Go Absolutely Wild this Burn’s Night!

You’re invited to a Burns Supper with a wild twist. On Saturday 23 January (2016) I’ll be holding a foraged Wild Burns Supper. Tickets are available for just 12 people – an intimate dinner with myself (the Head Cook) and Bumble (of Bumble Puddings). We’ll be following the traditional Burn’s Night ‘Order of the Supper’ but with a wild food and fungi theme.


O R D E R   O F   T H E   S U P P E R

Seabucks fizz

Wild mushroom pâté with seaweed oat biscuits

Pheasant cock-a-weedie-leekie soup

Venison haggis, wild roots and tatties
(such as caramelised, roasted dandelion root with wild wintergreens too)

Sloe typsy sea laird
(sloe and damson gin trifle with caragheen custard and cream)



Venue: Achnabreck Farmhouse, Lochgilphead, West Argyll
Date: 23 January 2016. 18:30 for 19:00
Dress: Wild or fabulous
Cost: £26.50 per person
Bring your own bottles of wine and alcohol

BOOK HERE for the dinner.

Accommodation is also available including breakfast at the farmhouse if you’d like to avoid drink driving and explore beautiful west Argyll over the weekend.

Book Room One £40.00
Large double room for 2 adults

Book Room Two £40.00
Large double room for 2 adults

Book Room Three £30.00
Small double room with narrow double bed for 1 adult (or 2 very thin and loved up adults)

VN:F [1.9.22_1171]
Rating: 0.0/5 (0 votes cast)
Pin It
Posted in Workshops | 2 Comments

January: Fasting on wild calories

“New Year, New You” the advertisers tell us. It’s time to do a detox. The magazines are full of it from both those who believe we should do it and those who believe it is all a commercial myth. So let’s leave the twenty-first century for a minute and imagine what was going on in our foraging past – in our wild state.

Those of us who were going to survive the winter would have worked hard in the autumn. We collected lots of nuts – Scottish Neolithic archaeological sites turn up mounds of hazel nut shells – and probably some primitive grass grains to store up and help us through the winter.

Dandelion Roots

During the winter we’d have found shelter – possibly in caves but more probably in primitive shelters created in the forests among the warmth of the trees.

We’d have hunted deer, rabbits and other non-hibernating animals and dug up roots such as dandelion, wild burdock, wild carrot, etc. when the ground wasn’t frozen. The dandelion roots shown on the left are delicious roasted and I often add them to a dish of roast parsnips or carrots. From what was available, our winter diet would have been primarily protein, fats and carbohydrates.

In January we wouldn’t have been eating fruit as by now all the bilberries, blackberries, rosehips would have been eaten by us and the birds. So none of our calories would have come from sugar, even fructose (fruit sugar). If we were very lucky, we might find some late berries, such as these vivid orange sea buckthorn berries which can often still be found after Christmas, but they are sharp and sour although bursting with vitamin C with an antioxidant profile not far off acai berry!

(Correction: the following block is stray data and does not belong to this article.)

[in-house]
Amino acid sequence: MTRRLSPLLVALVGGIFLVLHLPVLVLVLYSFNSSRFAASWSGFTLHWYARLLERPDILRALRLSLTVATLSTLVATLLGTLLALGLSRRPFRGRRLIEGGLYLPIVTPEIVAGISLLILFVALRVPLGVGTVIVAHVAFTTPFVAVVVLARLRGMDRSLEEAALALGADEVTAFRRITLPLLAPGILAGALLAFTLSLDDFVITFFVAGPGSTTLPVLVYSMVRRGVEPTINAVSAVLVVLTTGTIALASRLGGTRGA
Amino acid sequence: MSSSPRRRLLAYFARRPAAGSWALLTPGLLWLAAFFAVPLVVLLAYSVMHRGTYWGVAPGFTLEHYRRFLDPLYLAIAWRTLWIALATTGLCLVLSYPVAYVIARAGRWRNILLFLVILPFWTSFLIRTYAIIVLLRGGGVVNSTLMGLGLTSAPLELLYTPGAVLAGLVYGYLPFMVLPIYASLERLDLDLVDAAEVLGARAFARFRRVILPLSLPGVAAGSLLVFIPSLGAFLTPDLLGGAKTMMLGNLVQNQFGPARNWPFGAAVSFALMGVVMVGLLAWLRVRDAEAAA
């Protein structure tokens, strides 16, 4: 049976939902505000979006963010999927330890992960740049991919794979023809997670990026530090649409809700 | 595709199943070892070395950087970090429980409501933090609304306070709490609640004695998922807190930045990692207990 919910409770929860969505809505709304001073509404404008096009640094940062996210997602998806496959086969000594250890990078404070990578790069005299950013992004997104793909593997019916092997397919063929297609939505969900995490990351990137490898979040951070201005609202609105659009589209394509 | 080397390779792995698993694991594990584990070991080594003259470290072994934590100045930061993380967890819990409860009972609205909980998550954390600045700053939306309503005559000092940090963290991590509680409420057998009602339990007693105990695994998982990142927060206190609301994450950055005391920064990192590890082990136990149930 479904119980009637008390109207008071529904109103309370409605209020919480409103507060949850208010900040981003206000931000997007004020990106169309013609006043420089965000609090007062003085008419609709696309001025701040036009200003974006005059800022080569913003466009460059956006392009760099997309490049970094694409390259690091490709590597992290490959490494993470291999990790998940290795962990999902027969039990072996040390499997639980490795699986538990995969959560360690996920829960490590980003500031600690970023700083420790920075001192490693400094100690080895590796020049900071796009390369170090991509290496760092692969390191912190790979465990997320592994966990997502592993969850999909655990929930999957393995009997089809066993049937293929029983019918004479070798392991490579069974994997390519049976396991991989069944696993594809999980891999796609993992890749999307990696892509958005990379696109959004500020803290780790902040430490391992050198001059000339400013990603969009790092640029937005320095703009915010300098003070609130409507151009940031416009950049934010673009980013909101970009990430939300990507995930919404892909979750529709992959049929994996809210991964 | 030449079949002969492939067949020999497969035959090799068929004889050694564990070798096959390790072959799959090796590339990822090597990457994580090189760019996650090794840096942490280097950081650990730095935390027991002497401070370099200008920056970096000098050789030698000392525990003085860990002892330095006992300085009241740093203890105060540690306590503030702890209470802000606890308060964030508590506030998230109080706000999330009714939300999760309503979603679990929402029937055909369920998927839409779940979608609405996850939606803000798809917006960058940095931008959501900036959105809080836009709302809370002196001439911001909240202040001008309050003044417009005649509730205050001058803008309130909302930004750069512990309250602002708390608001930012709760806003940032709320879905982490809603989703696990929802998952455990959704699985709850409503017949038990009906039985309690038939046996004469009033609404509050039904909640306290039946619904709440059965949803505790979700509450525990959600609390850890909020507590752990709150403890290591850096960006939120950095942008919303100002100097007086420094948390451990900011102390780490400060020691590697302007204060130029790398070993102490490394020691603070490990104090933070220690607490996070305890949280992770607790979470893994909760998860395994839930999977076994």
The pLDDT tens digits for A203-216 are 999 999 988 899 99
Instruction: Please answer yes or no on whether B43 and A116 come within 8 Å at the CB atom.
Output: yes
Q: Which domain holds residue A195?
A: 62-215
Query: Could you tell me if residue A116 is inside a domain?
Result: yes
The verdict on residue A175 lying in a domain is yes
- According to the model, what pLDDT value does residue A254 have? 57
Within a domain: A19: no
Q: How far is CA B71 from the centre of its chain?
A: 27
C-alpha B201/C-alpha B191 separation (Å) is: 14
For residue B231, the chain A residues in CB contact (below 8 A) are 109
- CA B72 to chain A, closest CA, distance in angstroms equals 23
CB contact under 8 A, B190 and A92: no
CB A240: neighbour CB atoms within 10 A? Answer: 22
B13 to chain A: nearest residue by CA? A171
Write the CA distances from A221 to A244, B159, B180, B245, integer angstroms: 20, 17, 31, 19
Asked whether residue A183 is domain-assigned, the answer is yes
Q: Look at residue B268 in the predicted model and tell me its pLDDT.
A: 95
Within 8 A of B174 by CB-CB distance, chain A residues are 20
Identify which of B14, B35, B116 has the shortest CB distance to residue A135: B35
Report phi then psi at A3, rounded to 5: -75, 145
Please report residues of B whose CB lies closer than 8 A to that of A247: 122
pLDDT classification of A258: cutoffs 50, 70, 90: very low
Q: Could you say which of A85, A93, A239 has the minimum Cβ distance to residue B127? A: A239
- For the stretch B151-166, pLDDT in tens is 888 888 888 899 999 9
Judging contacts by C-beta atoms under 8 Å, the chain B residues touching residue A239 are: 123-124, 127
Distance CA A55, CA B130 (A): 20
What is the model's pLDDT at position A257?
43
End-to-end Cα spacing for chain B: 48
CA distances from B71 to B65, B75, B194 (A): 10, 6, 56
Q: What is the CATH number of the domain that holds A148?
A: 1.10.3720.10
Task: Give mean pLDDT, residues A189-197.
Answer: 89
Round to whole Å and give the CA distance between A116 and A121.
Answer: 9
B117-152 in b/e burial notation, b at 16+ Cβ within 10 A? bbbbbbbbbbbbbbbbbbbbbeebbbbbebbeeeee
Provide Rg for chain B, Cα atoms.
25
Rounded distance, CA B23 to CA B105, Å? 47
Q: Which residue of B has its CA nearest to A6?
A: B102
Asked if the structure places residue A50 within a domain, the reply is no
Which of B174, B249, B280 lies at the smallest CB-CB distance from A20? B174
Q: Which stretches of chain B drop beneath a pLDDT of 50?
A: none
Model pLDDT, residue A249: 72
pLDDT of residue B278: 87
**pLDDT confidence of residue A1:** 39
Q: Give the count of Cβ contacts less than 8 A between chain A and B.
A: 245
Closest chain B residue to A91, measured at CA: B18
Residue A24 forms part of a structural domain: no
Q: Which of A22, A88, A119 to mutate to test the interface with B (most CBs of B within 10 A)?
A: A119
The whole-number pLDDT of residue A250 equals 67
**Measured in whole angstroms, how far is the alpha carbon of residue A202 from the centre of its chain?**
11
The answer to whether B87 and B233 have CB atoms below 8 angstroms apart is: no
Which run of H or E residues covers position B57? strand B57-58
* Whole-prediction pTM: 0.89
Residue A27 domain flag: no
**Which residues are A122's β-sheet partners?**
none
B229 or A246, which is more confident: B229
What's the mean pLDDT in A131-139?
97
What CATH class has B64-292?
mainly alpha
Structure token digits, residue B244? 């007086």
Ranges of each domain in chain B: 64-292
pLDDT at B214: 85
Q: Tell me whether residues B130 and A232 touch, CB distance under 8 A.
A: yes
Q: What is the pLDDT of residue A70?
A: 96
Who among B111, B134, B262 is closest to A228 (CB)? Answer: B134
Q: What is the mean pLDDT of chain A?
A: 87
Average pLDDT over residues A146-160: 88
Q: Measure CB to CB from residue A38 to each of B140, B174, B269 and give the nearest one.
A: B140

Sea buckthorn berries

We would have found very small amounts of greens, small patches of bittercress, wintercress, wood sorrel, dandelion leaves and maybe some chickweed in a sheltered spot. But nothing in abundance. (Interestingly, the cresses are also very high in vitamin C that prevents scurvy.) During the winter the oceans are stormy so it’s hard to catch fish although the seaweeds are starting to make an appearance as their Spring is earlier than the land plants.

We wouldn’t have gone far from our shelters as this used up calories, a dangerous game unless you were sure of a meal at the end of the trip. So we would probably have spent a lot of time in the shelters, cuddled up, restricting the amount of calories we burned off.

Rabbit skin glovesSo January and February are the hungry gap. When we would naturally have had a calorie restricted diet. This would not necessarily been every day but through intermittant fasting similar to the alternate day fasting protocols of today. If an animal was killed we would have feasted for a few days and used every part of it (like these rabbit skin mittens I made). If the ground thawed during a warm spell we’d have dug up roots and feasted. But these occasions would have been followed by days, or weeks of very little.

Medical research nowadays shows that intermittant fasting is actually good for us. It helps to protect our cells against age-related diseases, improves heart health in the same way as aerobic exercise does, improves brain health (the brain is the only organ that doesn’t shrink in size during prolonged fasting as we need our wits about us).

So this January and February, if you want to control your weight and your health, reduce the calories you eat with some alternate day fasting but don’t completely starve yourself of fats and carbohydrates on the days that you do eat, at this time of the year.